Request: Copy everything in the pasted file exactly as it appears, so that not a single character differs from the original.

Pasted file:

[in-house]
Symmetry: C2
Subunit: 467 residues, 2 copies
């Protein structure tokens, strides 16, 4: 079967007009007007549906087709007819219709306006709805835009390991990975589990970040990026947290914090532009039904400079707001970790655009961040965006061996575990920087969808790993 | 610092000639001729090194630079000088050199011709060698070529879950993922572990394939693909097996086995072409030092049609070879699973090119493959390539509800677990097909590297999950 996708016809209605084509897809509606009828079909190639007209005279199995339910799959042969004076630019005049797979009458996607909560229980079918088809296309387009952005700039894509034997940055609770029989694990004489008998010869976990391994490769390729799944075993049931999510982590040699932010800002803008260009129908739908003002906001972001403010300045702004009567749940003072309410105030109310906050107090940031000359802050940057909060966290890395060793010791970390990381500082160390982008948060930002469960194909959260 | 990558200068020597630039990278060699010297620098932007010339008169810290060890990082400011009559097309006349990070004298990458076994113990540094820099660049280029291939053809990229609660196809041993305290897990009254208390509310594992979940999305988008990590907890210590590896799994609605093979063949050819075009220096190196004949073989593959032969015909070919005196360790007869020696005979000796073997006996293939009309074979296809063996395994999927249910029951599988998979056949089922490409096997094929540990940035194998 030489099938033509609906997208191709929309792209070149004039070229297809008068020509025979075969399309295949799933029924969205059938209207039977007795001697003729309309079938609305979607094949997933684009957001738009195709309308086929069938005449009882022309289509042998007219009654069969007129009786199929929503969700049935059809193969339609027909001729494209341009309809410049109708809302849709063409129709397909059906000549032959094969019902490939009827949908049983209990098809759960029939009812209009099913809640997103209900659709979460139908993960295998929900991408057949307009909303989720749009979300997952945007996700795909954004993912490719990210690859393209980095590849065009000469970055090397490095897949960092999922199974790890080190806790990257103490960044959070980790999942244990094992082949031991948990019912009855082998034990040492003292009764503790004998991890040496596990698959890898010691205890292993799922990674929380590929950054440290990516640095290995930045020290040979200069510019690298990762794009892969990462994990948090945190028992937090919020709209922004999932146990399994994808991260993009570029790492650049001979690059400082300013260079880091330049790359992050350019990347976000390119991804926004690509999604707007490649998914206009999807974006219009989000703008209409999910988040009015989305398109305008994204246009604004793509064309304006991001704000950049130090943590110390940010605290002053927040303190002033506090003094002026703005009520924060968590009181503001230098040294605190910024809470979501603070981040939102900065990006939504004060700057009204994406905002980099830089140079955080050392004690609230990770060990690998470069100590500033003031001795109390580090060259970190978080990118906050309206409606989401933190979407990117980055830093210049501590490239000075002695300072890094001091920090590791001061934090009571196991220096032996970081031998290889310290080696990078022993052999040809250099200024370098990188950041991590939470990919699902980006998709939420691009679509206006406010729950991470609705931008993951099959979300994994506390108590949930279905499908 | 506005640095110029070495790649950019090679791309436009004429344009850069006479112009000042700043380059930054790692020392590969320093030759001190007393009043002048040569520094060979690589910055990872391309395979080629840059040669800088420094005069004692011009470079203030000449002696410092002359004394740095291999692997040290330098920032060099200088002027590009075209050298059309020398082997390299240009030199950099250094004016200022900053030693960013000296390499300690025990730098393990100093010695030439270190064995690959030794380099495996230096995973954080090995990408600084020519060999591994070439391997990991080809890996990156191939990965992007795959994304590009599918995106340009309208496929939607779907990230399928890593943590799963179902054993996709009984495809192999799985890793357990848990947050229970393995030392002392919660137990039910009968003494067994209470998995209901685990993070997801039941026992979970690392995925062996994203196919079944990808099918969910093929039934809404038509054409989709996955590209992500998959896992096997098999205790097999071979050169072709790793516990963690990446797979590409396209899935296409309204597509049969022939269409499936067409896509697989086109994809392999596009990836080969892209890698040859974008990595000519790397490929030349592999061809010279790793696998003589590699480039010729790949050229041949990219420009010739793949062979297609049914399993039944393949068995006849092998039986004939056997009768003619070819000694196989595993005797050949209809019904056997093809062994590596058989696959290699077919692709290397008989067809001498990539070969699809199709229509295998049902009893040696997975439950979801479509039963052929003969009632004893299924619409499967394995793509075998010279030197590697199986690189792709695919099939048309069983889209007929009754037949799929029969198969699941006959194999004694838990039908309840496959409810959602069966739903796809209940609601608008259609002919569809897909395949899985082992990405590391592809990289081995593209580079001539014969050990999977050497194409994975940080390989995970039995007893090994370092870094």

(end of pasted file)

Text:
[in-house]
Symmetry: C2
Subunit: 467 residues, 2 copies
């Protein structure tokens, strides 16, 4: 079967007009007007549906087709007819219709306006709805835009390991990975589990970040990026947290914090532009039904400079707001970790655009961040965006061996575990920087969808790993 | 610092000639001729090194630079000088050199011709060698070529879950993922572990394939693909097996086995072409030092049609070879699973090119493959390539509800677990097909590297999950 996708016809209605084509897809509606009828079909190639007209005279199995339910799959042969004076630019005049797979009458996607909560229980079918088809296309387009952005700039894509034997940055609770029989694990004489008998010869976990391994490769390729799944075993049931999510982590040699932010800002803008260009129908739908003002906001972001403010300045702004009567749940003072309410105030109310906050107090940031000359802050940057909060966290890395060793010791970390990381500082160390982008948060930002469960194909959260 | 990558200068020597630039990278060699010297620098932007010339008169810290060890990082400011009559097309006349990070004298990458076994113990540094820099660049280029291939053809990229609660196809041993305290897990009254208390509310594992979940999305988008990590907890210590590896799994609605093979063949050819075009220096190196004949073989593959032969015909070919005196360790007869020696005979000796073997006996293939009309074979296809063996395994999927249910029951599988998979056949089922490409096997094929540990940035194998 030489099938033509609906997208191709929309792209070149004039070229297809008068020509025979075969399309295949799933029924969205059938209207039977007795001697003729309309079938609305979607094949997933684009957001738009195709309308086929069938005449009882022309289509042998007219009654069969007129009786199929929503969700049935059809193969339609027909001729494209341009309809410049109708809302849709063409129709397909059906000549032959094969019902490939009827949908049983209990098809759960029939009812209009099913809640997103209900659709979460139908993960295998929900991408057949307009909303989720749009979300997952945007996700795909954004993912490719990210690859393209980095590849065009000469970055090397490095897949960092999922199974790890080190806790990257103490960044959070980790999942244990094992082949031991948990019912009855082998034990040492003292009764503790004998991890040496596990698959890898010691205890292993799922990674929380590929950054440290990516640095290995930045020290040979200069510019690298990762794009892969990462994990948090945190028992937090919020709209922004999932146990399994994808991260993009570029790492650049001979690059400082300013260079880091330049790359992050350019990347976000390119991804926004690509999604707007490649998914206009999807974006219009989000703008209409999910988040009015989305398109305008994204246009604004793509064309304006991001704000950049130090943590110390940010605290002053927040303190002033506090003094002026703005009520924060968590009181503001230098040294605190910024809470979501603070981040939102900065990006939504004060700057009204994406905002980099830089140079955080050392004690609230990770060990690998470069100590500033003031001795109390580090060259970190978080990118906050309206409606989401933190979407990117980055830093210049501590490239000075002695300072890094001091920090590791001061934090009571196991220096032996970081031998290889310290080696990078022993052999040809250099200024370098990188950041991590939470990919699902980006998709939420691009679509206006406010729950991470609705931008993951099959979300994994506390108590949930279905499908 | 506005640095110029070495790649950019090679791309436009004429344009850069006479112009000042700043380059930054790692020392590969320093030759001190007393009043002048040569520094060979690589910055990872391309395979080629840059040669800088420094005069004692011009470079203030000449002696410092002359004394740095291999692997040290330098920032060099200088002027590009075209050298059309020398082997390299240009030199950099250094004016200022900053030693960013000296390499300690025990730098393990100093010695030439270190064995690959030794380099495996230096995973954080090995990408600084020519060999591994070439391997990991080809890996990156191939990965992007795959994304590009599918995106340009309208496929939607779907990230399928890593943590799963179902054993996709009984495809192999799985890793357990848990947050229970393995030392002392919660137990039910009968003494067994209470998995209901685990993070997801039941026992979970690392995925062996994203196919079944990808099918969910093929039934809404038509054409989709996955590209992500998959896992096997098999205790097999071979050169072709790793516990963690990446797979590409396209899935296409309204597509049969022939269409499936067409896509697989086109994809392999596009990836080969892209890698040859974008990595000519790397490929030349592999061809010279790793696998003589590699480039010729790949050229041949990219420009010739793949062979297609049914399993039944393949068995006849092998039986004939056997009768003619070819000694196989595993005797050949209809019904056997093809062994590596058989696959290699077919692709290397008989067809001498990539070969699809199709229509295998049902009893040696997975439950979801479509039963052929003969009632004893299924619409499967394995793509075998010279030197590697199986690189792709695919099939048309069983889209007929009754037949799929029969198969699941006959194999004694838990039908309840496959409810959602069966739903796809209940609601608008259609002919569809897909395949899985082992990405590391592809990289081995593209580079001539014969050990999977050497194409994975940080390989995970039995007893090994370092870094």